WWDC 2017 took place on 5 June, which meant we got our first look at Apple’s next version of macOS (formerly OS X). macOS 10.13 High Sierra was revealed during the opening keynote of the annual developer conference, and became available to download just hours after it was unveiled, so here’s how you can start using it on your Mac now.

WWDC 2017 also saw the launch of iOS 11, Mac updates including a new iMac Pro, new iPad Pro models and more. You might also like: How to get iOS 11 now.

Things to consider before installing the macOS 10.13 High Sierra beta

Running beta software isn’t a choice you should make lightly, as by its very nature the code is still being worked on and bugs will appear – potentially big ones – which could cause you to lose data. If you are intending to put this on your main working machine as the only OS, then we’d strongly advise against it. Yes it’s cool to be on the cutting edge, but there are considerable risks involved when you use unfinished software.

A much better choice is to dual-boot your Mac, so that the preview OS is kept separate from your normal one. If you have virtual machine software such as Parallels or VMware, then that would also be a great way to sample the delights of macOS 10.13 without endangering your system.

As always you should run a complete system backup before starting any kind of operating system upgrade, as things can easily go wrong.

How to get the new macOS today

Apple has stuck to its usual macOS release pattern, which means the unveiling on 5 June resulted in the start of the developer beta of the software. If you’re a registered developer, you can install and start using the software now.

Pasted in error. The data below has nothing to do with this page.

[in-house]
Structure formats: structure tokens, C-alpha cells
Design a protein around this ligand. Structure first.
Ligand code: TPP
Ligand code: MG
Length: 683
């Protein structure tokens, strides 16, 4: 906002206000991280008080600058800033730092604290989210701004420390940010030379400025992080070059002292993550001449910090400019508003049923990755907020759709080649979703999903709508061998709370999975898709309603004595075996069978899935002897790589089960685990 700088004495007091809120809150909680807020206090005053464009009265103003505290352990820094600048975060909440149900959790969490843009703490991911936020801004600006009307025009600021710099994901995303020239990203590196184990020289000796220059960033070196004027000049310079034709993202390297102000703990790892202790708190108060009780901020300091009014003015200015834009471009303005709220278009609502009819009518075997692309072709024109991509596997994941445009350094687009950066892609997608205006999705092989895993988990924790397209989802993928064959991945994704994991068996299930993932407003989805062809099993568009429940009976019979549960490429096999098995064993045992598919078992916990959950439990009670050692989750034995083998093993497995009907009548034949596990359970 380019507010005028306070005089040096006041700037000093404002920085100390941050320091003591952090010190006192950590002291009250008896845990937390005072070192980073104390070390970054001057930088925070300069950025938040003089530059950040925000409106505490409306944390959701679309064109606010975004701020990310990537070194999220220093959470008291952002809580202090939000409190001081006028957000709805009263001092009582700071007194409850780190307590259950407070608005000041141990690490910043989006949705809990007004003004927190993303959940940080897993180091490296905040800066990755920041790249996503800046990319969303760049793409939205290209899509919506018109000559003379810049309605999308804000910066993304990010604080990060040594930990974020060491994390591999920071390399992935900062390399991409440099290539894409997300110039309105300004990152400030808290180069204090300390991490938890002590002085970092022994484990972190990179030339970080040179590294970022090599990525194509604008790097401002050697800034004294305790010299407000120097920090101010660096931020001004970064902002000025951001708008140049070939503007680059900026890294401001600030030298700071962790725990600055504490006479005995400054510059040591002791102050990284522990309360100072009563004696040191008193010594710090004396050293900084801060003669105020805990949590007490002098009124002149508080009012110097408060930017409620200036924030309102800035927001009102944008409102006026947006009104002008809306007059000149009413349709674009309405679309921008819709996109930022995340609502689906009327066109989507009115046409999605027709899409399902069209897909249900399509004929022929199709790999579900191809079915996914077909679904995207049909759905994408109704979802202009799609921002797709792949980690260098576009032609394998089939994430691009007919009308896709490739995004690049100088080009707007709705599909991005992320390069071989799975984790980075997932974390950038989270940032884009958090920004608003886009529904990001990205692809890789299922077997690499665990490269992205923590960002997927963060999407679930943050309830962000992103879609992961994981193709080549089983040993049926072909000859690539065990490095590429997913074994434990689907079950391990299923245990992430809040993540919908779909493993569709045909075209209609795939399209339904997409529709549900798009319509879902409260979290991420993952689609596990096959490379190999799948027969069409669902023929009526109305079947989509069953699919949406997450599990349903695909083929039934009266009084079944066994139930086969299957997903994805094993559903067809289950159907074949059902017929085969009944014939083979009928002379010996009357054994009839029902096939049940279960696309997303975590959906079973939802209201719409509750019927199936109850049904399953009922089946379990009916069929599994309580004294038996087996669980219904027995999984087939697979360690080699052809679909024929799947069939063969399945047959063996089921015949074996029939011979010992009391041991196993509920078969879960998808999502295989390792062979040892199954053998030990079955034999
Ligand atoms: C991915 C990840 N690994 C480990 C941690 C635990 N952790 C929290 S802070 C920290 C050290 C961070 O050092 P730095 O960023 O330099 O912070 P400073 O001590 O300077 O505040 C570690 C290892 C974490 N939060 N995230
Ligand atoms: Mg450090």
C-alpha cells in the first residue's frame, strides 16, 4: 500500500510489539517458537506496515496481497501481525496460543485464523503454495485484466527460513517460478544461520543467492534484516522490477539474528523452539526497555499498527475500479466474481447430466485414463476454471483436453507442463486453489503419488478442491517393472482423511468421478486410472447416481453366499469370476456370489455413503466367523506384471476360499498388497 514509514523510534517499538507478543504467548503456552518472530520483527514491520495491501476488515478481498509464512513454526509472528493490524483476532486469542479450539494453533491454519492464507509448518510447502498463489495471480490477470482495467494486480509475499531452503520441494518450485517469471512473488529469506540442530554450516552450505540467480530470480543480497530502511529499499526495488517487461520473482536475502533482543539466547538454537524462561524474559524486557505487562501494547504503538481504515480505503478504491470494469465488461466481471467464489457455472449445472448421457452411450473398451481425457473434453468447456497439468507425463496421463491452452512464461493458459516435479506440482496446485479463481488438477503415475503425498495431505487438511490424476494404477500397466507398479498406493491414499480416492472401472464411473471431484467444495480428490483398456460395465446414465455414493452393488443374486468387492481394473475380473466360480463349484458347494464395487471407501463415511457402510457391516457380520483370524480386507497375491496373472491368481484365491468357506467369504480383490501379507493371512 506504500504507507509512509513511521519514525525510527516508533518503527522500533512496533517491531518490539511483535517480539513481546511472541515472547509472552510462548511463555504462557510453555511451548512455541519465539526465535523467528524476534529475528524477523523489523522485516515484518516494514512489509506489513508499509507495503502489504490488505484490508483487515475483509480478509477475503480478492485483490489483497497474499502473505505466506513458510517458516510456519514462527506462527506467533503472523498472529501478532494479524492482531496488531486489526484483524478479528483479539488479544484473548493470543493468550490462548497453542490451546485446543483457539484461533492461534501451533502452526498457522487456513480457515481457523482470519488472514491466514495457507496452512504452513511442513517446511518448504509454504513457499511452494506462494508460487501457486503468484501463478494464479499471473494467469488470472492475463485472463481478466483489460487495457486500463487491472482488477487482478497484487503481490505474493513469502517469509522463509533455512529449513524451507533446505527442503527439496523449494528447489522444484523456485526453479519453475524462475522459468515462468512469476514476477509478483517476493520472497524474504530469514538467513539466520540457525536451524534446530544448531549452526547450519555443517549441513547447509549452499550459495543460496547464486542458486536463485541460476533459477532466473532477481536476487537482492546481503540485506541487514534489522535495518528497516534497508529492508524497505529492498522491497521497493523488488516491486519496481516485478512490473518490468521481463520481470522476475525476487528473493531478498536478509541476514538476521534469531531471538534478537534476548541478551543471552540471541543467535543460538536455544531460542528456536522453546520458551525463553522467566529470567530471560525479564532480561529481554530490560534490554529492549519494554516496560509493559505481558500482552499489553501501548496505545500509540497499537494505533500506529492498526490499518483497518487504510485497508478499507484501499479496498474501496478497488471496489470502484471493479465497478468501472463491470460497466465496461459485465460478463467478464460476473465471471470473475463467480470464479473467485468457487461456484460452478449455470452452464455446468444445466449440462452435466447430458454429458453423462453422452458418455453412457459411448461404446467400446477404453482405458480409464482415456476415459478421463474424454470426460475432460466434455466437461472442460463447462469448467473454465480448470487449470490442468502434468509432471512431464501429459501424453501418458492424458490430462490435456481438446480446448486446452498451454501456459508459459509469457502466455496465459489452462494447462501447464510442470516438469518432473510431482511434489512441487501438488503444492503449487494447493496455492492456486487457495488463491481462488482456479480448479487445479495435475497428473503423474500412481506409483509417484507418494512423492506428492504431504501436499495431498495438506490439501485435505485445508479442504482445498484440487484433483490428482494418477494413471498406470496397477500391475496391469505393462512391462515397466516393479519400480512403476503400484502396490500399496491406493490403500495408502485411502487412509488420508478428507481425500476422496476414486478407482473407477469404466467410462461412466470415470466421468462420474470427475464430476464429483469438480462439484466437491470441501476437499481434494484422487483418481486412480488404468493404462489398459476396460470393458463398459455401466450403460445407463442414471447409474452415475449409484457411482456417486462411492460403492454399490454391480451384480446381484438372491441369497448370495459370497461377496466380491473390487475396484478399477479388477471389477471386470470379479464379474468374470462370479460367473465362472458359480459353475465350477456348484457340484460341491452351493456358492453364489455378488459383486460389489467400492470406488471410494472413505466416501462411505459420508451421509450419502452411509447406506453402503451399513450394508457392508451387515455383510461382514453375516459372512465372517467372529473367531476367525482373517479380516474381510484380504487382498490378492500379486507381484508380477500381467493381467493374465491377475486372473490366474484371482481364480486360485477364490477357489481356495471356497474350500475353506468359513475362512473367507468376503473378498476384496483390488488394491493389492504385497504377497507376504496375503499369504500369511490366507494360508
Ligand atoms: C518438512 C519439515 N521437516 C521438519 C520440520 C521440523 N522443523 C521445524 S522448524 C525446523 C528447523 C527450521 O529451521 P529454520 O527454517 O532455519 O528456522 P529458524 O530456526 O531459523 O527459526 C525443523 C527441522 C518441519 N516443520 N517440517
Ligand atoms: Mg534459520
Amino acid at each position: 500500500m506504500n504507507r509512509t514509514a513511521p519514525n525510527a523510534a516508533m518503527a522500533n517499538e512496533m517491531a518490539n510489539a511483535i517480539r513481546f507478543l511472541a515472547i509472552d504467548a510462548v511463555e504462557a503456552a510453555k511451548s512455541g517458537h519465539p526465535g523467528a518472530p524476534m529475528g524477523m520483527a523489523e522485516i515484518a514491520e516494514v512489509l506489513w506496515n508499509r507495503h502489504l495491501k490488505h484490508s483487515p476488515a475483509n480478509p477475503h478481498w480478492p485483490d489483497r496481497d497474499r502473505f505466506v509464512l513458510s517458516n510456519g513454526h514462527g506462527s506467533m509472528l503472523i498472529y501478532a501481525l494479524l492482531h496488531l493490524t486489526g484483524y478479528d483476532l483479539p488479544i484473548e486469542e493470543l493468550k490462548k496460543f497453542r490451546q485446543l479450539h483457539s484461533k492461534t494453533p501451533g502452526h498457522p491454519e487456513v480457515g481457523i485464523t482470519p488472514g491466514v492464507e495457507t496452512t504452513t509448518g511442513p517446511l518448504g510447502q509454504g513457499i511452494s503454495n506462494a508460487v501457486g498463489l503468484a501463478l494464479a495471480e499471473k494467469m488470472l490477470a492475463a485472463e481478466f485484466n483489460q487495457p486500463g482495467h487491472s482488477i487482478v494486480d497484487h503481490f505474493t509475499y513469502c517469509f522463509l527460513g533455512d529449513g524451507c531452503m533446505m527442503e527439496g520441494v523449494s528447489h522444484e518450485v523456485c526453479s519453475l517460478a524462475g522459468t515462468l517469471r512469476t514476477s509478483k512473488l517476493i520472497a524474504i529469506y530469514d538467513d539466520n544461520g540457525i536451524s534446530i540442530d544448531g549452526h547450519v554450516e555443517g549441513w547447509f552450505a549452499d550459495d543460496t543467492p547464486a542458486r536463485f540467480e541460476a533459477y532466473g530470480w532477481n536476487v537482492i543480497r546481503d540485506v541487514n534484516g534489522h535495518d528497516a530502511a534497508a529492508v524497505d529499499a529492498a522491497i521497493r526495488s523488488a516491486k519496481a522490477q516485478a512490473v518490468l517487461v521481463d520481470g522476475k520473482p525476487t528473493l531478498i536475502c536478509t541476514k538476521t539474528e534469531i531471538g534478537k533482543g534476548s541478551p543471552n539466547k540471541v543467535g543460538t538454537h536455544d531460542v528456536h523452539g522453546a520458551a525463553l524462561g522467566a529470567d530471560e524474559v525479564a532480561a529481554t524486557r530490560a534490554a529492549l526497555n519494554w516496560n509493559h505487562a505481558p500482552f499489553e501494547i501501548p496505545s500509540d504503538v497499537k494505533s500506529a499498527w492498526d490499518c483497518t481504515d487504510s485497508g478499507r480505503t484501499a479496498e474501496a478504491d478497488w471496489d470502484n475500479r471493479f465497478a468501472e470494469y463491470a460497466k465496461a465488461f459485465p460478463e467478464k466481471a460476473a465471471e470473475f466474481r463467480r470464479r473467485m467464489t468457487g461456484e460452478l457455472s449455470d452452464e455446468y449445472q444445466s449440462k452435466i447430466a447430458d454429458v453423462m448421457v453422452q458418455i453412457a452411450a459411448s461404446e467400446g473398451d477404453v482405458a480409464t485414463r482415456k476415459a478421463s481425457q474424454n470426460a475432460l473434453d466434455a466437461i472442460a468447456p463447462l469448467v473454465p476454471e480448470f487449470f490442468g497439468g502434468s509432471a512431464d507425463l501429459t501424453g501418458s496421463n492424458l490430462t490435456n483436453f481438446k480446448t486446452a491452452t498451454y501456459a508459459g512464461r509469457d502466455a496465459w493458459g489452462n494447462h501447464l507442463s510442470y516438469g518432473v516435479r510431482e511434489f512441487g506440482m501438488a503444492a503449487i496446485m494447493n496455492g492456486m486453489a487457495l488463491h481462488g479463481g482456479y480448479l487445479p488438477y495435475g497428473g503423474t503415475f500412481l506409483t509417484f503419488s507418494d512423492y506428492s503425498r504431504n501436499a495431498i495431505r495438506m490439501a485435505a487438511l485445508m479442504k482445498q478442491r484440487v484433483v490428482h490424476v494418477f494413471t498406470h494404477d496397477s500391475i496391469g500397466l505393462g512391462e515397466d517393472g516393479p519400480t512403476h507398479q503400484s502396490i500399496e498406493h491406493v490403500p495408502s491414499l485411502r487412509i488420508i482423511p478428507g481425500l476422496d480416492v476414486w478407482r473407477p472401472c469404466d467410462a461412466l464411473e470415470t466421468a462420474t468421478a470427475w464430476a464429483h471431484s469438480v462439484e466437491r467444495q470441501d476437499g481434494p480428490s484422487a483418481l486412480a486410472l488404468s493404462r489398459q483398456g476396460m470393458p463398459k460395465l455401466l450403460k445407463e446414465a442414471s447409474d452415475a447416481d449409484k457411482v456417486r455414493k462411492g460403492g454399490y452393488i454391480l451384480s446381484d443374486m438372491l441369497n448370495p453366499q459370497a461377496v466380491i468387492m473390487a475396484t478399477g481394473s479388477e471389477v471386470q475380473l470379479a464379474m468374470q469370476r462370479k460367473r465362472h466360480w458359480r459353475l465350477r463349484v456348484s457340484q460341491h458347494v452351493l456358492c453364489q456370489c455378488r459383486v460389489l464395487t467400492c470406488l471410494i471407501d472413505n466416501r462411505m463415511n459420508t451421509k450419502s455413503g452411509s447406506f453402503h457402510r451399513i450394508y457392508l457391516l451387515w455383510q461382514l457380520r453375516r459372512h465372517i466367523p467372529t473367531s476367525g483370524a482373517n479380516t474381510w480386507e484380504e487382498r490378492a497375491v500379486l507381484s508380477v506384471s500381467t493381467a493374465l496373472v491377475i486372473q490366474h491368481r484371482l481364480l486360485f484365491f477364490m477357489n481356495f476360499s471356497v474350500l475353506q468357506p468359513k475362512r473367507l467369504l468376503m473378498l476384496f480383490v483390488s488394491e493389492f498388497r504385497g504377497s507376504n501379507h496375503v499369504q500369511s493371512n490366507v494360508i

You’ll need to sign in to your Apple Developer Program account or enroll here.

For everyone else, the public beta is set to arrive in about one months time. Last year, macOS Sierra was available to start using from 7 July.

You can sign up to the Apple Beta Software programme here.

How to install macOS on a dual-boot system

Once you get a version of the new macOS beta, we recommend installing it into a second partition on your machine, or if you have a spare machine then feel free to wipe the existing OS and go it alone with 10.13. Remember that these are advanced procedures, and you proceed at your own risk.

To set up a dual-boot system you’ll need to do the following things. First of all open up Disk Utility (Applications > Utilities > Disk Utility) and select the main drive (usually the top of the list in the left hand panel). Then select the Partition option in the main panel.

Now you’ll see a large rectangle with the heading Partition Layout. Currently it will be a single drive, so click the Plus button beneath it and then click on the new partition that appears.

To resize the partition simply drag the partition corners. The Size box on the right shows you how much space the partition takes up.

It’s a good idea to rename the partition so that things don’t get confusing – maybe call it macOS Beta Test. When you’re happy with the name and space allocation click Apply.